HRD will argue in section 1 that: 

  • Volumes of FPH to be licenced must be brought under the Cap, and that the Cap should not stretch to accommodate FPH volumes. In the Macquarie Valley that means zero FPH.
  • The NSW Government is accommodating the irrigation industries arbitrary claim that environmental water in the Macquarie is ‘over recovered’. A claim HRD rejects outright and presents evidence to show that ‘over recovery’ is not a thing.
  • The draft Floodplain Management Plan 2018 must include clear process to ensure all illegal floodplain works are removed. The Floodplain Management Plan 2018 for the Macquarie is still not gazetted, which must happen ASAP.


[1] https://www.abc.net.au/news/rural/2021-05-26/illegal-floodplain-harvesting-government-legal-advice-uncertain/100164210

Healthy Rivers Dubbo Public Meeting – June 2021

The Healthy Rivers Dubbo Alliance facilitated a public meeting about the proposed Gin Gin dam project on the Macquarie-Wambuul River.


Introduction (Mel Gray, facilitator) start to 7.30

Tony Lees (Trangie) 7.30 to 12.55

Professor Richard Kingsford (UNSW Centre for Ecosystem Science) 13.18 to 36.14

Garry Hall (Private Ramsar Wetland Manager) 36.30 to 49.20

Bev Smiles (President Inland Rivers Network) 49.40 to 106.35

Question and Answer session 107 to end

Dubbo Photo News 1/7/2021

The Daily Liberal 26/6/2021 Healthy Rivers Dubbo hosts Gin Gin Dam public meeting

Gin Gin re-regulating dam plans slammed by NSW Government.

Last year in an assessment of the project plans for the Gin Gin dam (Macquarie River re-regulating storage project) the Deputy Secretary of DPIE Water Jim Bentley said the project plans had significant deficiencies, and did not meet the requirements to demonstrate value for money and prudent use of public funds.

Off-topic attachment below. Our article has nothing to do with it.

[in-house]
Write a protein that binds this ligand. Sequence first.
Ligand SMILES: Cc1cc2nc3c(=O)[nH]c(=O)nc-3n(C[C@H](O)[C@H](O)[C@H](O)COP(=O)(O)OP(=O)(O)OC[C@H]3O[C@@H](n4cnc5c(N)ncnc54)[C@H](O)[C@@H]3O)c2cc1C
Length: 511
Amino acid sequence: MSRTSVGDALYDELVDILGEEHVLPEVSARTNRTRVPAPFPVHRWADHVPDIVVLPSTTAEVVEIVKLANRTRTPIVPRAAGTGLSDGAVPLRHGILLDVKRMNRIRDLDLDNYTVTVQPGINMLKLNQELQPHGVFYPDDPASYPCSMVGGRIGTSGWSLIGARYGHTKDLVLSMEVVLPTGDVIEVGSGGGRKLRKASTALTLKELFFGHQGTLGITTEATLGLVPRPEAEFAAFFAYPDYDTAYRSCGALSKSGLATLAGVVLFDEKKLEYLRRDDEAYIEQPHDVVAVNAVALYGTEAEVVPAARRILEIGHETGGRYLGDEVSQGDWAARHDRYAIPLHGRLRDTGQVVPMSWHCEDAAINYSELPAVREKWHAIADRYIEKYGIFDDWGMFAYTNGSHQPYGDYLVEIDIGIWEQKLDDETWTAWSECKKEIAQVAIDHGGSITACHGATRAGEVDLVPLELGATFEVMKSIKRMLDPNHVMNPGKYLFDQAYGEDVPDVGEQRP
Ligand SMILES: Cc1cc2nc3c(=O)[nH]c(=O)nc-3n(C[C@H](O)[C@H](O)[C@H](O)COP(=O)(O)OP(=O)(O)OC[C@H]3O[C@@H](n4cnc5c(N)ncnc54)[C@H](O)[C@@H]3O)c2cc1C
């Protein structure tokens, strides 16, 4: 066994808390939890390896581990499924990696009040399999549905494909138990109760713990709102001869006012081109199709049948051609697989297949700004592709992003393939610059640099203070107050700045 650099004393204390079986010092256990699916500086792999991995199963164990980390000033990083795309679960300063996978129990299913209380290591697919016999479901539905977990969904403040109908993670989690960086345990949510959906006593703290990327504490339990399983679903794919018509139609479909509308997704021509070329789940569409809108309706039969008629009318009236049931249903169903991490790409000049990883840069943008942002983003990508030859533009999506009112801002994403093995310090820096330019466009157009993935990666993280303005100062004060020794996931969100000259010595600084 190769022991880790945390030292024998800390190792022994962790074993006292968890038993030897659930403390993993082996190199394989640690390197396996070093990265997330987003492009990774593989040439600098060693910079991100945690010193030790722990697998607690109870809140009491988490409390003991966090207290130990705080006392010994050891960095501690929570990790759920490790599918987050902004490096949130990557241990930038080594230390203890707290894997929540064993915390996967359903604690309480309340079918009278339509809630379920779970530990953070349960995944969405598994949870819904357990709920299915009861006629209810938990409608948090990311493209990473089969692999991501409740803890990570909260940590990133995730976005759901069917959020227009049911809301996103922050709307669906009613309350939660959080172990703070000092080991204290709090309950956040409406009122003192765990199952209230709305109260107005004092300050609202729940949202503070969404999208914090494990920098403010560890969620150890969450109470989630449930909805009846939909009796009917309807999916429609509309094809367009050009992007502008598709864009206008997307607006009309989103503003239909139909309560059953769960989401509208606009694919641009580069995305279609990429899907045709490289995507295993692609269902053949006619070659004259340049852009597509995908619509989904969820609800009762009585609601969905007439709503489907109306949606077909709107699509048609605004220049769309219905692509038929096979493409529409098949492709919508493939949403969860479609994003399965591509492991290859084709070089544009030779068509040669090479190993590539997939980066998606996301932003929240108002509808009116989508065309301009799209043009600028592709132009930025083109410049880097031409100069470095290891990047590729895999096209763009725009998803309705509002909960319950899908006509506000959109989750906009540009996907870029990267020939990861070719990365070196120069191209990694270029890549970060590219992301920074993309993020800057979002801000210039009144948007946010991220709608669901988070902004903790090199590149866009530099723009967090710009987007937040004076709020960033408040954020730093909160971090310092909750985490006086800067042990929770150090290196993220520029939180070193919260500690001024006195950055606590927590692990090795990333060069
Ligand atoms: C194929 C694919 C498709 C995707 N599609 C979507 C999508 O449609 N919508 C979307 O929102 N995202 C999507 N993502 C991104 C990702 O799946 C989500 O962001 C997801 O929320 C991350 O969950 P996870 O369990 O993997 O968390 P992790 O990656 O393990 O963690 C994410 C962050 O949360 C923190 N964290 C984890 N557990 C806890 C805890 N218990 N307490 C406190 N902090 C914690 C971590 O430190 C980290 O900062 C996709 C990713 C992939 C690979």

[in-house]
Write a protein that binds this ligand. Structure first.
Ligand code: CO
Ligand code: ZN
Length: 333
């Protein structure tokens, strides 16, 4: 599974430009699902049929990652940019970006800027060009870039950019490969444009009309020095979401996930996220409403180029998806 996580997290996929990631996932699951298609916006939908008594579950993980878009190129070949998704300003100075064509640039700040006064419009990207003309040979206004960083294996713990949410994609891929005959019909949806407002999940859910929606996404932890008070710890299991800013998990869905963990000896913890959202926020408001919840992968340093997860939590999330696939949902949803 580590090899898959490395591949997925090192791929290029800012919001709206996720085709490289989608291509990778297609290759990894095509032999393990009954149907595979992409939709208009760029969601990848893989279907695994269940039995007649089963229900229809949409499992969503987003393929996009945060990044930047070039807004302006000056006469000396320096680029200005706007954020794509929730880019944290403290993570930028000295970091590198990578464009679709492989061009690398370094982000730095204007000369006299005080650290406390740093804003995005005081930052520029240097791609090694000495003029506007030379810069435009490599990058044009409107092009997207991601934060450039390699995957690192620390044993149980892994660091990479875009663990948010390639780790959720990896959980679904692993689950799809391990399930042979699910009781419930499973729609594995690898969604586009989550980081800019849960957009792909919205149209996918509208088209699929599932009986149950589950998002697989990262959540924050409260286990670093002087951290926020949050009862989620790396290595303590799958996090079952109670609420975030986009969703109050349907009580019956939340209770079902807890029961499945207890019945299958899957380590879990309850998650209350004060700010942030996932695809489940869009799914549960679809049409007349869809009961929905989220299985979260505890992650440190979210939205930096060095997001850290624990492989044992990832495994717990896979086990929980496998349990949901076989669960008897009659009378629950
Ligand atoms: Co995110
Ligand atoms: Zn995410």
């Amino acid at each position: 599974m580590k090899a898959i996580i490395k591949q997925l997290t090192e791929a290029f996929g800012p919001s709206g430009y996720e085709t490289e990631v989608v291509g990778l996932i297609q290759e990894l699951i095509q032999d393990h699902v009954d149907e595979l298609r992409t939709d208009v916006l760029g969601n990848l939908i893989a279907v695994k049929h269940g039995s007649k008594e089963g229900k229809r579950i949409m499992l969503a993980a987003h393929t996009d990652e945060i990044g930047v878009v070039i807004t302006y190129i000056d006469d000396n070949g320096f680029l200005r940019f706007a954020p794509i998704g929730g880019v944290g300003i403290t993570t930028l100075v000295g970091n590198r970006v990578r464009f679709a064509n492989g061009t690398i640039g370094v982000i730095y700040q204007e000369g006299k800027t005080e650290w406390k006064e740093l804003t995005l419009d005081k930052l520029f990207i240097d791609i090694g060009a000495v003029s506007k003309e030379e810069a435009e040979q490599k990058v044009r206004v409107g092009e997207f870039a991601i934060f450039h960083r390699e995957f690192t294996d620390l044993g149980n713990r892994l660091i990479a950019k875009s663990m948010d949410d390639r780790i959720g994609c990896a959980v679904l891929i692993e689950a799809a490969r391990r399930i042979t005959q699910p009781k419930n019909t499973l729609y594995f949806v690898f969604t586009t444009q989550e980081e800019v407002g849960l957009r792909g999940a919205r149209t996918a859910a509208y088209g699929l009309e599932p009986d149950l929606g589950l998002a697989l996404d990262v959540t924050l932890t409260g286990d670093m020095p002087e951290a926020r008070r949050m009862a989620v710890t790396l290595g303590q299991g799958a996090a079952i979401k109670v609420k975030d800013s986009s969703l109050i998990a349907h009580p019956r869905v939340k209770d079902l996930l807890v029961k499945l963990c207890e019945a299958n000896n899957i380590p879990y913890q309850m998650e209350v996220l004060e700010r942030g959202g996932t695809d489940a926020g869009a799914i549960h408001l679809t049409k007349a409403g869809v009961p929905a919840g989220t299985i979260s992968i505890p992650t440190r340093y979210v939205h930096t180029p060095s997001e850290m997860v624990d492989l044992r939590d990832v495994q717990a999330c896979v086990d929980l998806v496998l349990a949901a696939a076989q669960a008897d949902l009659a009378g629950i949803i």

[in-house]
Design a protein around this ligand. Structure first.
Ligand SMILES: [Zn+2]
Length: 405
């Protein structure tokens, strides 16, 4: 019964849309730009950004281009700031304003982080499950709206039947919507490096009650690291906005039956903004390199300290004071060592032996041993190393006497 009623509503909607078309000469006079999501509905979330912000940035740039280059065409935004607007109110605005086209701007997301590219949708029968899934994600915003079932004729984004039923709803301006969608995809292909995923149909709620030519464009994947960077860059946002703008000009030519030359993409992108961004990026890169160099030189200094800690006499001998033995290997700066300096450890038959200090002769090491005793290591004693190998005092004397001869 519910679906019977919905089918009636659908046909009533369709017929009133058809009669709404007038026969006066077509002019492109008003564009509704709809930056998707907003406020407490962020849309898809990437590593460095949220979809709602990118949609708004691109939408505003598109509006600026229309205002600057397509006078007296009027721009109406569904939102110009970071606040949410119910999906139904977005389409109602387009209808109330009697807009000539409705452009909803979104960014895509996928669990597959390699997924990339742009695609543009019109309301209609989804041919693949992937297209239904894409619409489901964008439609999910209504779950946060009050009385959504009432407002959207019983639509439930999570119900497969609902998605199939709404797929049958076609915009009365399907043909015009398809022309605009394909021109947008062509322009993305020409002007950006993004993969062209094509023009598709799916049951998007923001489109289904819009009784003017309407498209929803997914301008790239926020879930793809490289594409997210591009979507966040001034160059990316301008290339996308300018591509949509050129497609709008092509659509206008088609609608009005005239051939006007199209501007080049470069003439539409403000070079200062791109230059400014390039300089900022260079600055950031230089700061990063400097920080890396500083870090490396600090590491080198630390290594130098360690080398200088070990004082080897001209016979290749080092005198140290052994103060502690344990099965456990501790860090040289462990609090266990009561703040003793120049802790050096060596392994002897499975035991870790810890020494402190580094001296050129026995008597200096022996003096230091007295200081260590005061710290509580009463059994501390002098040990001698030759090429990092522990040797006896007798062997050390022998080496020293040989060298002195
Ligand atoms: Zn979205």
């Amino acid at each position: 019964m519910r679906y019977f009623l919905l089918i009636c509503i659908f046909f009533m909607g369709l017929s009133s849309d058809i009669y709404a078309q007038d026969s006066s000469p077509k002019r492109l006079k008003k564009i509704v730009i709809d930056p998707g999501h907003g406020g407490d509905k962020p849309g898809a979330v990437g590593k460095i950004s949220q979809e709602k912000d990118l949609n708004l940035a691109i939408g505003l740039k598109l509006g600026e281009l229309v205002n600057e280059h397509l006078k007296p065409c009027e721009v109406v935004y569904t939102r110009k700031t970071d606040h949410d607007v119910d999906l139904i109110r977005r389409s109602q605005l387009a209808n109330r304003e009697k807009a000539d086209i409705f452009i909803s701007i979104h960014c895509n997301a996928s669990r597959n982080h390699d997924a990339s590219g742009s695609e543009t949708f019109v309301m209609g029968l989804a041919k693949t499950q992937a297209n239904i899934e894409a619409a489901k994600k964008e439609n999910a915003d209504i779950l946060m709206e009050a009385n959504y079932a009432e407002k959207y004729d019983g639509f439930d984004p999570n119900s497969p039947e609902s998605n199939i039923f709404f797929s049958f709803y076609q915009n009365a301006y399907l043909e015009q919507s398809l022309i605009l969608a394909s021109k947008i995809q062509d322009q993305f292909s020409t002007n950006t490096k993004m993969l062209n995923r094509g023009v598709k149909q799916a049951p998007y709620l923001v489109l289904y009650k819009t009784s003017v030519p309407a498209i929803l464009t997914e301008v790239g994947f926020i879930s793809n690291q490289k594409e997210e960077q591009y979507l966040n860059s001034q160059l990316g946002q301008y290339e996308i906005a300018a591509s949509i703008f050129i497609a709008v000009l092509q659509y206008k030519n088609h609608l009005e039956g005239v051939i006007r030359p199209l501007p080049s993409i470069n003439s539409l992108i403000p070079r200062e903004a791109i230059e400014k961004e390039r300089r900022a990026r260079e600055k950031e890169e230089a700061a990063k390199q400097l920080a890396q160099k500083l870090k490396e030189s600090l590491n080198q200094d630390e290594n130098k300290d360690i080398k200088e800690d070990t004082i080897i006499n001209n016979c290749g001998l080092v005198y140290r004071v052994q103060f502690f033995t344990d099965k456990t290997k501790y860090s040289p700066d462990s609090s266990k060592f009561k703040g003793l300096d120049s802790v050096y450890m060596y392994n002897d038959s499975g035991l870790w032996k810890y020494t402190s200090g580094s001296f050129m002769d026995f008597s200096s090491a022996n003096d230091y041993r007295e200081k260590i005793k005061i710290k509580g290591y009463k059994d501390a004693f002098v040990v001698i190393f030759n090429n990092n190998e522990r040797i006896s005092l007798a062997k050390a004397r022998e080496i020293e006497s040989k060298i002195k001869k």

The Snowy Hydro Legacy Fund project proposal spelt out the reason for the dam –

The largest agricultural use of water in the valley is for irrigated cotton production downstream of Dubbo. This industry is underpinned by water and many of these users hold general security water licences. The investigation of a re-regulating weir will help determine whether the infrastructure will improve the reliability of water for these users in the context of a more variable future climate.

The State significant infrastructure development application for the proposal MUST be cancelled, as the proposal is only for the benefit of the cotton industry.

The expected capital cost of the proposal was also divulged in a release of documents through the NSW Parliament – a massive $84 million before the inevitable cost blow outs.